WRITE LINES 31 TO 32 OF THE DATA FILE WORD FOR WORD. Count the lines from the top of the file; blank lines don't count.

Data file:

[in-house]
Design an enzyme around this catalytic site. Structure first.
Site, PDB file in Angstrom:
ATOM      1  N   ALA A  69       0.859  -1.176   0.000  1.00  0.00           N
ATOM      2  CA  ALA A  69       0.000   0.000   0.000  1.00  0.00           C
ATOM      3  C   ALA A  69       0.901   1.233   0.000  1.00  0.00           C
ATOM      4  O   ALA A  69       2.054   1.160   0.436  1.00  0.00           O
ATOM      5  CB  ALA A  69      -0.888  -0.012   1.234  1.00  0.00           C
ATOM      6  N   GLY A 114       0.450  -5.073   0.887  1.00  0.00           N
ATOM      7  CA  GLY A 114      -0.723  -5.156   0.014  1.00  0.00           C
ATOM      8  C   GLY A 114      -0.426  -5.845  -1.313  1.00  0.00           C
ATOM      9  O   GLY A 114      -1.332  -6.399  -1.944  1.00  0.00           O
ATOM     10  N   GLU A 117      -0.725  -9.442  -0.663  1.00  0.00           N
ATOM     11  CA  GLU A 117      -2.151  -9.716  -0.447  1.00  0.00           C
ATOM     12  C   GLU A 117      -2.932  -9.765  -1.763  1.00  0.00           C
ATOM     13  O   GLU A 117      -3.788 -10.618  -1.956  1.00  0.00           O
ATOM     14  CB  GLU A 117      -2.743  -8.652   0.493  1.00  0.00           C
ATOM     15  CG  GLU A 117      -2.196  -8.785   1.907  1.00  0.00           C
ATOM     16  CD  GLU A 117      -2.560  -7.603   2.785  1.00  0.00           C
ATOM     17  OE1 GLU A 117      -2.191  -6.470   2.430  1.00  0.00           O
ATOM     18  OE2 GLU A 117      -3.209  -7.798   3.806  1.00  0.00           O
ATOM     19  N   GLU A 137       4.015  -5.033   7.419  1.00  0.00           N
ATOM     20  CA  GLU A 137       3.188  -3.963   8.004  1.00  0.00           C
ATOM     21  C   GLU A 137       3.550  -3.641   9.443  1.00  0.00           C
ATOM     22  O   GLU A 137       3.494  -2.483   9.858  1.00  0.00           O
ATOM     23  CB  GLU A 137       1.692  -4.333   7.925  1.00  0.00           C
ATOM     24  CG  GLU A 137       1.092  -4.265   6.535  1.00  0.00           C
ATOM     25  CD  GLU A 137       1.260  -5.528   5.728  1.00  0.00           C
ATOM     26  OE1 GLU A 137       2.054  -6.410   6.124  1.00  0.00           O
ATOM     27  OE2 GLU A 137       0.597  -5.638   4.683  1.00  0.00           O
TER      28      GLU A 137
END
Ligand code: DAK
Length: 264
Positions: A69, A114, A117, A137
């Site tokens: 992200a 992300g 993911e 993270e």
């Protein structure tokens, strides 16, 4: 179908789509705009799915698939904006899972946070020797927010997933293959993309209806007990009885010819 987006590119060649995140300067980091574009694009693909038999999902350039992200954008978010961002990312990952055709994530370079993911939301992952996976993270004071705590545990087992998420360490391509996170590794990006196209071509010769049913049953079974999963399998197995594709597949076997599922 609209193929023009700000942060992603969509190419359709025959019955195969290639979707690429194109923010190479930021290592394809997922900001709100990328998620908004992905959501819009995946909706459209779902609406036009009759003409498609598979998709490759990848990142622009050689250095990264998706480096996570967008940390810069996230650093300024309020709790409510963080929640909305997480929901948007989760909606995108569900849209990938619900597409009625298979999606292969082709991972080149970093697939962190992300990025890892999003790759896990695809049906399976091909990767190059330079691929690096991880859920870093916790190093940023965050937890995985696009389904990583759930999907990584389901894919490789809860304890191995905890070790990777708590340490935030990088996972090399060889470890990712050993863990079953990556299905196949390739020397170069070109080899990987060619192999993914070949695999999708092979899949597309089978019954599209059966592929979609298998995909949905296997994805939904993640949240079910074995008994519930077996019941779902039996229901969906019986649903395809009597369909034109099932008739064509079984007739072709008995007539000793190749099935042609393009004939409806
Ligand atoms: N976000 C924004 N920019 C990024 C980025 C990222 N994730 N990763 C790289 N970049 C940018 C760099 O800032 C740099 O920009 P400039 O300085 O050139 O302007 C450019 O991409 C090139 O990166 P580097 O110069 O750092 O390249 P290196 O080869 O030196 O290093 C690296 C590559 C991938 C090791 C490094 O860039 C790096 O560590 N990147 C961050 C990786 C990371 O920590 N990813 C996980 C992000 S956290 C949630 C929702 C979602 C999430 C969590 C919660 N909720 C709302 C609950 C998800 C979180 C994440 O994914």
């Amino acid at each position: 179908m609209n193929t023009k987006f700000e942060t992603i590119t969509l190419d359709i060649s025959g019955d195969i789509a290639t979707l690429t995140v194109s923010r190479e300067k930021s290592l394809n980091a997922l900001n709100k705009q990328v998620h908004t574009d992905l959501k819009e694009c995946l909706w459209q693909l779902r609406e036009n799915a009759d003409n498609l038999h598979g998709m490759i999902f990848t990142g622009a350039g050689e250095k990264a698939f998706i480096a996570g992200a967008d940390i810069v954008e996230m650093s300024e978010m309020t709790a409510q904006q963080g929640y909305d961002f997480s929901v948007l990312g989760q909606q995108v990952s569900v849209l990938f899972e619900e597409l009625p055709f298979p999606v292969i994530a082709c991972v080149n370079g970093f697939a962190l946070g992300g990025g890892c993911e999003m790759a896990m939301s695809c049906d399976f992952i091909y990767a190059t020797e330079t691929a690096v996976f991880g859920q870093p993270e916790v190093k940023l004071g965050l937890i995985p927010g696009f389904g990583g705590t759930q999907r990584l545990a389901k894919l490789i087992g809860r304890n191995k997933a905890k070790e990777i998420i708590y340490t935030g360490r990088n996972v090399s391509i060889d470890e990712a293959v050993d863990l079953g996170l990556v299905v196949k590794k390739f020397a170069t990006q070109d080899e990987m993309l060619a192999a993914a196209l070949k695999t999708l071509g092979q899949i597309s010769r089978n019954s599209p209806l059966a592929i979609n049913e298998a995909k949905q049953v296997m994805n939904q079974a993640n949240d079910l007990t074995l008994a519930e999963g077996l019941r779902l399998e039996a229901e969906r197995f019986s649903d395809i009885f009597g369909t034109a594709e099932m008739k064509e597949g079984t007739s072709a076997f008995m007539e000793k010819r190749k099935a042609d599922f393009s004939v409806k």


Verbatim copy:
TER      28      GLU A 137
END